Reviewing Health Records [A Learning Activity]

In Head Start programs, reviewing health screening and examination results is a key to determining what a child's health needs are for treatment and followup. Health managers, disabilities coordinators, and program staff may use this learning activity to practice reviewing screening and exam results, determining appropriate follow-up, and discussing these plans with parents and staff. Requiring 30 to 60 minutes to complete, this activity utilizes handouts, which are included here.

The following is an excerpt from Well-Child Care: Making It Happen.

For This Activity You Will Need
Trainer Preparation Note
Points to Consider
Handout: Child Health Record Samples
Handout: Well-Child Health Care Fact Sheets
Handout: Blank Records and Forms

Reviewing Health Records

Purpose: This activity allows participants to practice reviewing screening and exam results. They will work in teams to review a health record, determine the follow-up needed, and discuss the results and follow-up plans with parents and staff.

For this activity you will need:

Trainer Preparation Note:

  • Make a copy and an overhead transparency of the Child Health Record [PDF, 2.70MB]. If you want to update the child health records so that they reflect current information and have current dates, you will find blank copies of these handouts that you can fill out in [Handout]: Blank Records & Forms [PDF, 413KB].
  • Separate the Child Health Record Samples [PDF, 326KB] into Parts 1, 2, 3, 4, and 5.
  • Attach to each part the corresponding Fact Sheet(s) ...:
    • Part 1-Medical/Physical Exam, Growth
    • Part 2-Anemia, Lead, Tuberculin, Hearing, Vision, Immunizations
    • Part 3-Developmental
    • Part 4-Dental
    • Part 5-Nutrition
  • Write the questions from Step 4 on flip chart paper.

Step 1: Explain that this activity will give participants a chance to review screening and exam results and determine what follow-up is needed.

Step 2: Divide participants into five groups. Have each group identify a "recorder" to report back to the larger group.

Step 3: Ask participants to imagine they are the health coordinators responsible for reviewing health records and documenting and following up results for Janine, who is entering your Head Start program. Imagine that it is now September of the current year.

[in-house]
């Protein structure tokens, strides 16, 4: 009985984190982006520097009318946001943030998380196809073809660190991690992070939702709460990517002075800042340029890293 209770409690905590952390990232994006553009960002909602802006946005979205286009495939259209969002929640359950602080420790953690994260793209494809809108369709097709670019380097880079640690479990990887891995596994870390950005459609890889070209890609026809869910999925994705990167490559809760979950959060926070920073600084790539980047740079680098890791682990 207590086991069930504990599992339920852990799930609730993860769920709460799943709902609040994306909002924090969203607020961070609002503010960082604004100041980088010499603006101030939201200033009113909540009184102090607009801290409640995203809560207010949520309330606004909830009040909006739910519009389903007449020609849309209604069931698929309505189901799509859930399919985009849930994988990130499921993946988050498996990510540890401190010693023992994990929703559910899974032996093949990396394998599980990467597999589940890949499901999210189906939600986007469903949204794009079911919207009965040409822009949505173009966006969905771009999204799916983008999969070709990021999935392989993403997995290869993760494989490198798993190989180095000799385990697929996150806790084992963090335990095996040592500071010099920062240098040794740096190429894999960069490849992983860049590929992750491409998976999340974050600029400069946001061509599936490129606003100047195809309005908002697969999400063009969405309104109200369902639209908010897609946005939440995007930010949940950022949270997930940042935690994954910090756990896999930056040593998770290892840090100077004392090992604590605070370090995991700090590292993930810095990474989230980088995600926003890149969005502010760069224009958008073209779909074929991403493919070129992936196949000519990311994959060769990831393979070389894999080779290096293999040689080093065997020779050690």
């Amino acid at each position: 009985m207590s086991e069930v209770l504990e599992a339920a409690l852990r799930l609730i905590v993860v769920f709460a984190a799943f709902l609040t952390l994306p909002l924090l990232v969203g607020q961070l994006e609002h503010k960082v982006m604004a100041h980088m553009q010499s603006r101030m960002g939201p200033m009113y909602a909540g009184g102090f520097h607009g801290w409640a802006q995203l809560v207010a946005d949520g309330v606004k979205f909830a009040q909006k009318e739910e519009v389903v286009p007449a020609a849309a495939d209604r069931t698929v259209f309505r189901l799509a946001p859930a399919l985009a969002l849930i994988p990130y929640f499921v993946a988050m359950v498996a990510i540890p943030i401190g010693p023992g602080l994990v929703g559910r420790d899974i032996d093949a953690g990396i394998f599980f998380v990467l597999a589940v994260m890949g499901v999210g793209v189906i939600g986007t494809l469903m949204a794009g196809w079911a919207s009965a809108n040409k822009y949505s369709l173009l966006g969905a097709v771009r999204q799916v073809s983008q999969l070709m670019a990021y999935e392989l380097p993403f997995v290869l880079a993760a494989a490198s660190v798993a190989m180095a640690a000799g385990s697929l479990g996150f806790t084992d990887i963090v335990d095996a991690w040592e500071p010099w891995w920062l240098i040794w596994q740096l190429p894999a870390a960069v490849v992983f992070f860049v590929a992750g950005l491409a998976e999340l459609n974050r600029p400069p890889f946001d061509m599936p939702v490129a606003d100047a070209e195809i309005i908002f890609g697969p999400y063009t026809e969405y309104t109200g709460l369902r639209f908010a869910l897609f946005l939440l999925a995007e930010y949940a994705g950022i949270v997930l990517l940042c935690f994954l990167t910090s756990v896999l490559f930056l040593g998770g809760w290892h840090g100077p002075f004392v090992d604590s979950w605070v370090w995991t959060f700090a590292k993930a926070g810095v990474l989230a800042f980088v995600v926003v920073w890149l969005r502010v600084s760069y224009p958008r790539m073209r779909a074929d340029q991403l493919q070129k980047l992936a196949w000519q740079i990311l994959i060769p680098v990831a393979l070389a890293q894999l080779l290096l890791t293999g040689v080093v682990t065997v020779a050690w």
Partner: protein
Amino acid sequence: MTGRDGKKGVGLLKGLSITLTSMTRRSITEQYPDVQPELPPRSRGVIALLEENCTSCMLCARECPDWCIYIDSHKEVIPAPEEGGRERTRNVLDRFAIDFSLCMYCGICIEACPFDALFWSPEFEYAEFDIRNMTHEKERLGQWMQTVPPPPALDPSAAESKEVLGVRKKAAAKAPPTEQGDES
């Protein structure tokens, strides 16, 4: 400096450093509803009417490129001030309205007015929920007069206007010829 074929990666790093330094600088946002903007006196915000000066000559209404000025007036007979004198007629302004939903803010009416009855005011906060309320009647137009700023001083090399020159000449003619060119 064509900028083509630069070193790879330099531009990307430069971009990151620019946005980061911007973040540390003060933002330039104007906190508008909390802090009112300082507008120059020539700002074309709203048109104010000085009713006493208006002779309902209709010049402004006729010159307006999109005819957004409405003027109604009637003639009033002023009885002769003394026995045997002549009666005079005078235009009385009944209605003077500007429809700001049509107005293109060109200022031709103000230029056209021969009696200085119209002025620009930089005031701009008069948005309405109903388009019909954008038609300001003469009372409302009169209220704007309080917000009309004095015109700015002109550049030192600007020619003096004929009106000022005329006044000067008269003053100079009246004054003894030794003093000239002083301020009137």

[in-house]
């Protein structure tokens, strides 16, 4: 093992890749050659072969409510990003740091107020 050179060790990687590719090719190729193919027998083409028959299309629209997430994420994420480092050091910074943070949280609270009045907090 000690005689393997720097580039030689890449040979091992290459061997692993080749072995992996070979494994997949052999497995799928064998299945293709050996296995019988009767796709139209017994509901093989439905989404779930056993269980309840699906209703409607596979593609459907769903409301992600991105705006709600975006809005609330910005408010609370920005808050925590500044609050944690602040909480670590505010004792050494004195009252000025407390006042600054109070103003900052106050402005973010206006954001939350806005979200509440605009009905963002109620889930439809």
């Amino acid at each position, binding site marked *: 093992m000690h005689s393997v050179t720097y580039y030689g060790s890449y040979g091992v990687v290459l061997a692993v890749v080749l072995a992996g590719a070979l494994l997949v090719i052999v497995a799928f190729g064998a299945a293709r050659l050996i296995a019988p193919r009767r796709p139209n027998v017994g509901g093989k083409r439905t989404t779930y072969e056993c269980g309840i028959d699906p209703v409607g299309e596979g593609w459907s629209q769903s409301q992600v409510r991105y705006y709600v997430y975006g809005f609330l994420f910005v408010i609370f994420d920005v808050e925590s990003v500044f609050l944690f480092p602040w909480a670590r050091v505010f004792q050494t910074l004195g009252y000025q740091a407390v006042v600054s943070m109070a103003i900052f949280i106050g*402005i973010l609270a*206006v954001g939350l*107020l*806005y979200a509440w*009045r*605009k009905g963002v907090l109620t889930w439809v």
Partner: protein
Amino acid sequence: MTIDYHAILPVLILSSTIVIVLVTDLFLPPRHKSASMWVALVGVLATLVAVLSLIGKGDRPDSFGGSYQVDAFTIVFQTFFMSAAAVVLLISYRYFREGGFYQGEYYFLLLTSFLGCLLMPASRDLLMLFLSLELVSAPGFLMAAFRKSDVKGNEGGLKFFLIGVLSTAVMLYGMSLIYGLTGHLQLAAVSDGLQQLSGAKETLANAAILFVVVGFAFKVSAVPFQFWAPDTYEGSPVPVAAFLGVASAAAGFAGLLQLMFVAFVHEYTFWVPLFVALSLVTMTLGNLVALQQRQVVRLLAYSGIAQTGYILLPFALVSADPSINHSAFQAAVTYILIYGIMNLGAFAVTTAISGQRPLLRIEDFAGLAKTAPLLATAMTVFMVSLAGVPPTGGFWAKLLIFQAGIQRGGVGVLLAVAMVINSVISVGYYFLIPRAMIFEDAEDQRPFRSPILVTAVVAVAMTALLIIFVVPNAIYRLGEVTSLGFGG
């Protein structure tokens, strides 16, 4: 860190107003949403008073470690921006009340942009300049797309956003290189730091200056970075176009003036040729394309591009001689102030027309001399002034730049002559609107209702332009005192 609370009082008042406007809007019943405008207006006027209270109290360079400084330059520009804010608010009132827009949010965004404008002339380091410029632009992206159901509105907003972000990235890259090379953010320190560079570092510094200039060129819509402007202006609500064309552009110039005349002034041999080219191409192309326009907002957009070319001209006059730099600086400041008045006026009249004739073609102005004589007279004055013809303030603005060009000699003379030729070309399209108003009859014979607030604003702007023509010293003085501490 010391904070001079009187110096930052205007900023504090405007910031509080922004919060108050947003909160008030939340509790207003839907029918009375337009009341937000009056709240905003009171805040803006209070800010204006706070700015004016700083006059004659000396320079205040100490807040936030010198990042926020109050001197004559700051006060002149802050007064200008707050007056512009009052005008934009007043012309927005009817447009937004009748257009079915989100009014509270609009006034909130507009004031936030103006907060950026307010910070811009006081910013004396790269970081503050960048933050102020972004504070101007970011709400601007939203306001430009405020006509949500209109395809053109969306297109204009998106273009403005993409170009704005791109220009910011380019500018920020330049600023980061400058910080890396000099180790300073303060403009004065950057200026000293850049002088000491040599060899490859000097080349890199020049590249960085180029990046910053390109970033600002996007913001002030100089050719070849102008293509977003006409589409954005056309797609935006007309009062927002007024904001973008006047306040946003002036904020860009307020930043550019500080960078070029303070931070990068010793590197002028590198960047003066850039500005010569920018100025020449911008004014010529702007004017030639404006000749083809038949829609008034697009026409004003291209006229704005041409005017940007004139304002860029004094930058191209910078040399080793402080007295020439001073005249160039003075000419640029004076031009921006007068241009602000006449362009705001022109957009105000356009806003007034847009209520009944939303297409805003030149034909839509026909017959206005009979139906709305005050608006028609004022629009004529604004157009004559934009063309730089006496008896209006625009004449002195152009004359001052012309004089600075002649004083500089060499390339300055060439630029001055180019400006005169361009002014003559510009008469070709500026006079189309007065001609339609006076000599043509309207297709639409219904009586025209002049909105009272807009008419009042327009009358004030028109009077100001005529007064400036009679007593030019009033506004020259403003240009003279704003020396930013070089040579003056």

Step 4: Distribute one part of the Health Record and corresponding Fact Sheet(s) to each group.

Explain that each group has received a part of Janine's health record. Each group should take about 10 minutes to review its part of the record and discuss the following questions (posted on flip chart paper):

  • Is this part of the record complete? What, if anything, is missing?
  • Are the child's screening or exam results inside or outside of the "normal range?"
  • What follow-up is needed?

Step 5: Bring the groups back together. Ask each recorder to display the health record on the overhead projector and explain the group's analysis of the record and approach to follow-up. Encourage participants from the large group to add their comments.

Step 6: After all of the parts of the health record have been discussed, ask participants:

  • When you were analyzing your part of the health record, was there other information that would have been helpful to know?
  • What are some important relationships between the different screenings and exams?
  • Now that you've reviewed the complete health record for this child...
    • what would you tell the parents about:
      • the child's strengths in the areas of health and development?
      • the health concerns and the follow-up needed?
    • what staff and health professionals should be involved?
    • what would you want the classroom teachers to know?
    • how would you document the process?

Points to Consider:

  • Screening and exam results that are "outside the normal range," "abnormal," or "failed" mean that the child might have a health problem. Such results must be followed up by rescreening and further evaluation by the health care provider to determine if the child has a health problem and, if so, what treatment is necessary.
  • Each child's complete health record should be assessed, since many health problems and screening and exam results are interrelated. For example, if a child is diagnosed with dental problems such as Baby Bottle Tooth Decay, it is important to identify possible causes in nutrition (e.g., use of bottle, sweets) and possible effects on growth (e.g., failure to thrive or overweight).
  • The results of screenings, exams, assessments, diagnoses, and treatment recommendations must be explained to parents and key staff who care for the child. This should be done:
    • by a well-informed person;
    • in clear terms and language that the parent(s) understand; and
    • with sensitivity to the concerns of the parents and staff.
  • Careful documentation is crucial for a comprehensive review and appropriate assessment, treatment, and follow-up to meet each child's health needs.

"Reviewing Health Records [A Learning Activity]." Well-Child Health Care: Making It Happen. Training Guides for the Head Start Learning Community. HHS/ACF/ACYF/HSB. 1998. English.

Last Reviewed: November 2009

Last Updated: August 31, 2015